How children cope with moves: Advice from real-life teachers.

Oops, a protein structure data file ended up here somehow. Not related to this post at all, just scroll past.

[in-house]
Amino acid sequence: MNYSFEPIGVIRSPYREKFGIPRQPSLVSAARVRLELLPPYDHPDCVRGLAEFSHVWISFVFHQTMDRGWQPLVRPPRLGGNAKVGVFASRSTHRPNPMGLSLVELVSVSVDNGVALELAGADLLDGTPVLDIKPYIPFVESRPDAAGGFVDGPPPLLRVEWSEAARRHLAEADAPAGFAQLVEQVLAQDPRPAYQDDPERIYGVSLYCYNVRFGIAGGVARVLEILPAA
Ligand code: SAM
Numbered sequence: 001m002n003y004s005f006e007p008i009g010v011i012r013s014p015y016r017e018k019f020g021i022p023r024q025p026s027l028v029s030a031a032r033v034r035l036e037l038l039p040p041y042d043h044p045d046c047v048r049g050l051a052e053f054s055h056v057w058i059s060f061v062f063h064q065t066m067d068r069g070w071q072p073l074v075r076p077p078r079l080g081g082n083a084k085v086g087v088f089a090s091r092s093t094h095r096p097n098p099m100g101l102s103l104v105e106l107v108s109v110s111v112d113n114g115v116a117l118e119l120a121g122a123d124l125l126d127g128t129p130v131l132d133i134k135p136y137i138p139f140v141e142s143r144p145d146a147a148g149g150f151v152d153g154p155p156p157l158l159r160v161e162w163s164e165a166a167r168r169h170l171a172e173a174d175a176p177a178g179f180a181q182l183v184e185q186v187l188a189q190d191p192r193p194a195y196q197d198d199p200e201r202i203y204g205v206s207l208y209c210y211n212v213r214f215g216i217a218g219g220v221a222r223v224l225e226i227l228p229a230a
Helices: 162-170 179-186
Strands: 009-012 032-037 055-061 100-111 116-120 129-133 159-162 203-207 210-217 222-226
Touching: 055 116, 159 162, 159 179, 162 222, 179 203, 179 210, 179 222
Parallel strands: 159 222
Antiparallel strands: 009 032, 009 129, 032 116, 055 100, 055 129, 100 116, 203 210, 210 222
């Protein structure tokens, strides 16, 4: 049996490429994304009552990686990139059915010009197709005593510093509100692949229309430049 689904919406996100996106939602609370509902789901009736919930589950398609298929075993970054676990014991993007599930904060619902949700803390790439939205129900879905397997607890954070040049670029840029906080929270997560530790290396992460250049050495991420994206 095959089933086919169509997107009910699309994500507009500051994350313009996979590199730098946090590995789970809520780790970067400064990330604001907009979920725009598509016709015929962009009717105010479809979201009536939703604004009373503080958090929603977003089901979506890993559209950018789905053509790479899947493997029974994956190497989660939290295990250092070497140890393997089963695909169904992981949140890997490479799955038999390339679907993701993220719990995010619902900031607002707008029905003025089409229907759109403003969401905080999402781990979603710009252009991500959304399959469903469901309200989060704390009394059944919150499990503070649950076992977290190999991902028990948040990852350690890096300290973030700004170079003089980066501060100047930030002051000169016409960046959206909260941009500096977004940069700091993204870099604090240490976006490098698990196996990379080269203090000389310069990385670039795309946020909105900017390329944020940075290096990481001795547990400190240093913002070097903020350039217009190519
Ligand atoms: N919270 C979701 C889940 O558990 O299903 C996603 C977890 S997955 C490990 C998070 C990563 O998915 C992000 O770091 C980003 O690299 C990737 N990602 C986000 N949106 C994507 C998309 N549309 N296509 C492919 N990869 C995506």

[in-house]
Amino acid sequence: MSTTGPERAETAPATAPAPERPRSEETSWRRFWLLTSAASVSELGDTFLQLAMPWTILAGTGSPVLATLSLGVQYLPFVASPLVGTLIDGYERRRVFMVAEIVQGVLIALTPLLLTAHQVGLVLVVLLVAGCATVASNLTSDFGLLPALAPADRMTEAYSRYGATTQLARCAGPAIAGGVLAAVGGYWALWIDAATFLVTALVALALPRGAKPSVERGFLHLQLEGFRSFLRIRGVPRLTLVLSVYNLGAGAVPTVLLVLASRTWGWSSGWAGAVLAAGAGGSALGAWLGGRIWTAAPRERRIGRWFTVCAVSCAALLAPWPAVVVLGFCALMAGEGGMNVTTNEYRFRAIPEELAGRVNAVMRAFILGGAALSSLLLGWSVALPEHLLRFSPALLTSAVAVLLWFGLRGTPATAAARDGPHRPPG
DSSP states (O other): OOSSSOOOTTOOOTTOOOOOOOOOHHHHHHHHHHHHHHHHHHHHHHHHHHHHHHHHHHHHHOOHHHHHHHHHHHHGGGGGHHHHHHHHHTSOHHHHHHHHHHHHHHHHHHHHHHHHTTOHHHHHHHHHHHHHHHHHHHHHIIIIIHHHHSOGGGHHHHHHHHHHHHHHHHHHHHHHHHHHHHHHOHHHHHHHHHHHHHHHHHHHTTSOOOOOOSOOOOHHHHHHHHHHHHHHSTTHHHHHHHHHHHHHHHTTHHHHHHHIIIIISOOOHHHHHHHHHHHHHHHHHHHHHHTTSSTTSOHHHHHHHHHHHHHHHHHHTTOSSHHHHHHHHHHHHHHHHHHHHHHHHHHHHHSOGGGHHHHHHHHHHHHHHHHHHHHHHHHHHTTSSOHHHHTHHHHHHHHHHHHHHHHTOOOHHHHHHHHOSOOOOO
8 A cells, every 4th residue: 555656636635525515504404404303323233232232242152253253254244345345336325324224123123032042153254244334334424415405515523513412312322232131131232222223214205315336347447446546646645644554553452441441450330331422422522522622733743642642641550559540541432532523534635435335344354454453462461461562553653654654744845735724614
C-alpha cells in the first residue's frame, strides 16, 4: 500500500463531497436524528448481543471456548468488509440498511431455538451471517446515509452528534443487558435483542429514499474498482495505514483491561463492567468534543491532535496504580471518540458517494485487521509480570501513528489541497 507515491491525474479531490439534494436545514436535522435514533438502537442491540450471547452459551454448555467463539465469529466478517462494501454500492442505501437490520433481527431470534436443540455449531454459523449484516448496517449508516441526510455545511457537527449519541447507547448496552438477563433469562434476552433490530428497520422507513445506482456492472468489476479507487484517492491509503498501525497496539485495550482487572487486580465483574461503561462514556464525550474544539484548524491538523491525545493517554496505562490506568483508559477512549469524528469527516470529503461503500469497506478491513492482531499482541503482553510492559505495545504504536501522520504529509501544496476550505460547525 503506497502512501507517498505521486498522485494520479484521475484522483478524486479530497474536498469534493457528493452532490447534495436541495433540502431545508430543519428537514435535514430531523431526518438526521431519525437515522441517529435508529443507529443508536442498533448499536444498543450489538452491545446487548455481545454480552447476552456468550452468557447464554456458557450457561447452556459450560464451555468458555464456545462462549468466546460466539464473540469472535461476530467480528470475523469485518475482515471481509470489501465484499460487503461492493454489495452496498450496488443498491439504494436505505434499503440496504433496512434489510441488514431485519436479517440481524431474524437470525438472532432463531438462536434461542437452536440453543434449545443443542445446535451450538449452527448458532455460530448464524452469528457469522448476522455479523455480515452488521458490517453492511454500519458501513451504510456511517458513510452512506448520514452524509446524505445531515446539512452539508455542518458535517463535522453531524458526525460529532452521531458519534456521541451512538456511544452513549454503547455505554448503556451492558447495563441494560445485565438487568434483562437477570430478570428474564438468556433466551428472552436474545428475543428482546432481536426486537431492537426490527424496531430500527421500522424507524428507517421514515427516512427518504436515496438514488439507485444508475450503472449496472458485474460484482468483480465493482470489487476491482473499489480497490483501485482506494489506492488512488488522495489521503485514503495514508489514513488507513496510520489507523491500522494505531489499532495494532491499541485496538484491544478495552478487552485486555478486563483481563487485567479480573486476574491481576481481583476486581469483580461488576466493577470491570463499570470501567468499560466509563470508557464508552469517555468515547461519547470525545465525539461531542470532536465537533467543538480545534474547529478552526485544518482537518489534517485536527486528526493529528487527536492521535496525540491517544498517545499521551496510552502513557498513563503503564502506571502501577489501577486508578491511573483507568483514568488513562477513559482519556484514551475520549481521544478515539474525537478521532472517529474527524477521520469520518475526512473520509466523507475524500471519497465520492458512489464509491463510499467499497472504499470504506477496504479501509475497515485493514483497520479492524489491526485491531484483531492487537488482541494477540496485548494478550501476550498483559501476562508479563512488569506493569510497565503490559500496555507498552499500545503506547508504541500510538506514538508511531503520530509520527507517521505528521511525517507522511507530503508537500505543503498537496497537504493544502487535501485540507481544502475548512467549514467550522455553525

Slates' parenting advice column on Care and Feeding. We feature a variety of educators from all over the country every Thursday to answer your questions about education. Do you have a question for one of our teachers?, or send it to the Slate Parenting Facebook page.How much will I be a failure to teach my child in kindergarten? My family was planning to move to a new place at the end August. Our son would start kindergarten at a charter school. We assumed it started in September. It turns out that it starts August 3, which is a full month earlier than we expected.AdvertisementThis is obviously poor planning and would mean that we would need to substantially ramp up our plans in order to move to the new location a month earlier than planned. We were assuming that we would have three months to coordinate, sell some of our stuff and say goodbye to friends. We now have less time than we thought to coordinate the move, sell some of our stuff, and say goodbye to friends.AdvertisementAdvertisementIt is worth moving things quickly so he doesn't miss the first months? Some states don't even require kindergarten. Or will he be that weird kid who turned up one month late?It's better to be late than neverDearer,If I could convince all parents of one thing it would be that it is extremely difficult to screw up a child so young. They are amazingly resilient and if you have good intentions and are loving and kind, your child will bounce back from setbacks.AdvertisementIf I could convince parents of one thing, it would be the first. Kindergarten is not college. As Mr. Hersey pointed out, kindergarten helps children get ready for school. This includes how to walk in line and how to raise your hand rather than calling out. But most 5-year-olds are unable to learn these new skills in one week. Or two. Or five. They will need to practice these skills for the majority of their first trimester. You child will not lose his ability to learn the school behavior you expect, just because he is absent for a few weeks.AdvertisementThis is also true for academic skills that they start to learn in kindergarten. In the first few weeks, they must teach number recognition, counting, letter names, as well as letter sounds. Kindergarten teachers must assume that children are not ready to learn. Preschool is not mandatory. Your child will miss the first few weeks of school, but he'll catch up.AdvertisementYou might be able to speed up the process so it doesn't take a whole month. However, if you feel stressed and rushed, it won't make things easier. This will have a greater impact on his school experience than missing just a few weeks. As Mr. Hersey suggested, I would give him the opportunity to meet his teachers and to take advantage of any Zoom offerings. But, if you want to make the transition as smooth as possible, it is better to aim for speed than to rush. Good luck!Ms. Ms.Slate is in dire need of your support. Subscribe to Slate Plus to receive the advice and tips you desire every week.AdvertisementAdvertisementI have a simple question that needs some background. Is it possible for teachers to check their emails after the end of school? Background: My daughter switched high school this year at the very end of her school year. She was a cheerleader since childhood and had been able to make it on the high school cheer squad at the school she was zoned for. We learned a lot about the school we were zoned for and decided to switch to a better school.I spoke with the cheer coach at her school and she told me that my daughter could still try out but that she needed to submit a virtual try-out video by the last day. The coach told us that we had to send it in early because there were administrative tasks on her end before she could view the video.AdvertisementThe paperwork was completed and sent to the teacher. This all took place the day after school ended. The school is now officially closed. The coach has not yet reached us. I am wondering if I should go to great lengths to reach her, or if she will just check my email. We appreciate any assistance you can offer.AdvertisementYou are ready to take the next steps?Please follow up.Normal year teachers may check their district email for several weeks after starting summer break. What happens after this year? An educator could be excused for throwing their laptop in the ocean as the clock strikes twelve, and then walking off without looking back.AdvertisementMany teachers, whether newbies or veterans, have found the last year and a quarter to be the most difficult, laborious and demoralizing in their entire career. Teachers are desperate to get some rest and recharge. Next Steps: I strongly recommend that you do not contact the coach during her vacation to inquire about your daughter's cheerleading audition. Your school transfer and attempt at securing a spot on the cheer squad was not in line with the end-of-year procedures. This is not your fault. However, it does mean that you should have realistic expectations about how much accommodation and response you can expect. Your requests were completed and the documents you submitted had timestamps. I don't think there is any reason to believe that the coach will drop your daughter for some paperwork issue when cheer season starts. Teachers usually get back to school at least two weeks before the start of the new year, if not sooner. You can check in again once August rolls around but not until then. Let the coach end this school year in peace.AdvertisementAdvertisementAdvertisementMs. Ms. Bauer (middle- and high school teacher, New York).The rising first grader had difficulty coping with the pandemic. He also had severe behavior problems that required medication and continued therapy. Although he doesn't have a clear diagnosis, he believes he has some form of emotional dysregulation. Boredom was a major trigger in his class last year.He was bored and he became addicted to Prodigy through school. He is now in second grade, according to the game. It doesn't seem to have a complete math curriculum. I believe he is getting an unbalanced education, but he does show an aptitude for more difficult mathematics.We should try to finish his education this summer so that he can possibly advance in math. I worry that he is also prone to boredom and overestimates his ability to know things. He gets frustrated when he has the to do something he doesn't know. We might be setting him up for failure by his advanced math knowledge. He may not know all the basics of math and get bored easily. However, he does have some gaps in his knowledge and will still need the first grade math curriculum.AdvertisementAdvertisementDo we need to try and figure out how math advancement might look (and if so how), or do we let it be as is and watch how things play out in the first grade?Prodigy LoverDear ProdigyFirst of all, congratulations for finding a way to relieve your son's boredom. It's fine to look for opportunities that will help your child grow this summer. Keep it light. Kumon and Sylvan are two programs I recommend. Sylvan is a great program for children who are looking for a challenge. I have tutored there in the past. It is important to allow him to explore as many topics as possible, but in a more relaxed manner. He can choose which skills or topics he is interested in, while still being exposed to new concepts and adults who can fill in any gaps.AdvertisementYou don't really have to worry about his teacher next year. Teachers are used to teaching children at different levels. It doesn't seem like your son will require any extra enrichment. It would be helpful to have honest and open conversations about his math experience last year. This will allow his teacher to create a support plan and flag it for you. It is also important to share any self-regulation strategies your son learned in therapy with the new teacher. This will give your son a few tools in case he gets bored during class.AdvertisementAdvertisementMr. Hersey, second grade teacher in WashingtonMy fifth grader has ADHD and is moving to middle school. This year we have had a great relationship with her teachers, team members, and I would like to create the same environment for middle school success.I have her IEP Transition Meeting coming up. I don't often have questions but I want to make sure my spouse and I spend as much time as possible with the representatives of the child-study teams at the middle school.What are your top five questions for parents participating in an IEP Transition Meeting? Middle school teachers: What information about my child/my IEP would be useful to you? This will allow us to work together, and not just at cross purposes throughout the year. I thought about making a kind of face-sheet (as suggested on an ADHD resource website), but am unsure if it is too much.AdvertisementMaking the most of your timeDear MakingThese are excellent questions. I'm not sure if I can recommend a set of five questions that will guarantee a successful meeting. I believe the best IEP meeting will be personalized to your child, her teachers and the school she is entering. There are some topics you can address to help your daughter understand her strengths and requirements as she transitions.AdvertisementFirst, the transition from elementary to middle school will be a huge undertaking. It will likely involve multiple structural changes to the system that your daughter is used to. Shell will have multiple teachers. Each teacher will have different expectations and work schedules. Every forty-five minutes Shell will change her mental focus and location. At the end of each period, a bustling transition might see Shell moving around the building. Middle schoolers must also adjust to a smaller home base than their elementary school classroom. They will need to be more responsible for managing their own belongings, such as backpacks, binders and planners. Many children find these new skills and elements overwhelming. However, if your daughter has executive functioning difficulties, it could hinder her academic success and confidence. With that in mind, I would bring some ideas about which parts of the transition may be too difficult for my daughter and then use the meeting to discuss how we can support her. Do they provide a structured learning lab or study hall that offers guidance and support in time and task management? She can have regular check-ins to organize her storage space with a resource teacher. Are visual calendars and schedules available from her teachers?AdvertisementAdvertisementAdvertisementYour daughter's IEP will be followed from elementary school to middle school. However, the language used in the document can often be very generic and standardized. Students with ADHD need to be accommodated in a variety of ways. These include frequent breaks, preferential seating and checks for understanding. It is helpful to be able to interpret your daughter's history using these accommodations and then add your perspective about how teachers have successfully applied them. Preferential seating is a requirement in almost every IEP for students with ADHD. But what does this mean for your daughter? Is she required to be near the teacher? Is she better to be away from the teacher's window or door? Is it best to be alone? Sitting in a group? Your daughter and your teacher will be more successful working together if you share how to make accommodations that are most effective.AdvertisementHelping teachers to get a sense of your daughter's personality is a great way to help them. What are the most challenging tasks or times of the day? How does she respond to teacher interactions? Socially, sixth graders are all over the place. How is her relationship with her peers? Are you unsure if she is accelerating into teenagehood or if she still seems childlike? You can also share your thoughts about her personality. Are you interested in horses? Kpop? Dungeons & Dragons You can help them to get to know her as well.AdvertisementYour last question is that while I don't think the one-pagers or face sheets you see online have made it into practice. However, I don't see them as an effective tool. I do recognize your good intentions to represent your child. But! They are an excellent idea, and I've heard from other teachers that they are a great idea. These are pretty much a matter of personal preference.I wish you a productive and positive meeting and that your daughter's transition to middle school is smooth.Ms. Ms. Bauer (middle- and high school teacher, New York).Slate has more adviceCan you please explain to me the importance teachers attach homework to kindergartners? Will his teacher consider me a bad parent if I don't make my child do it?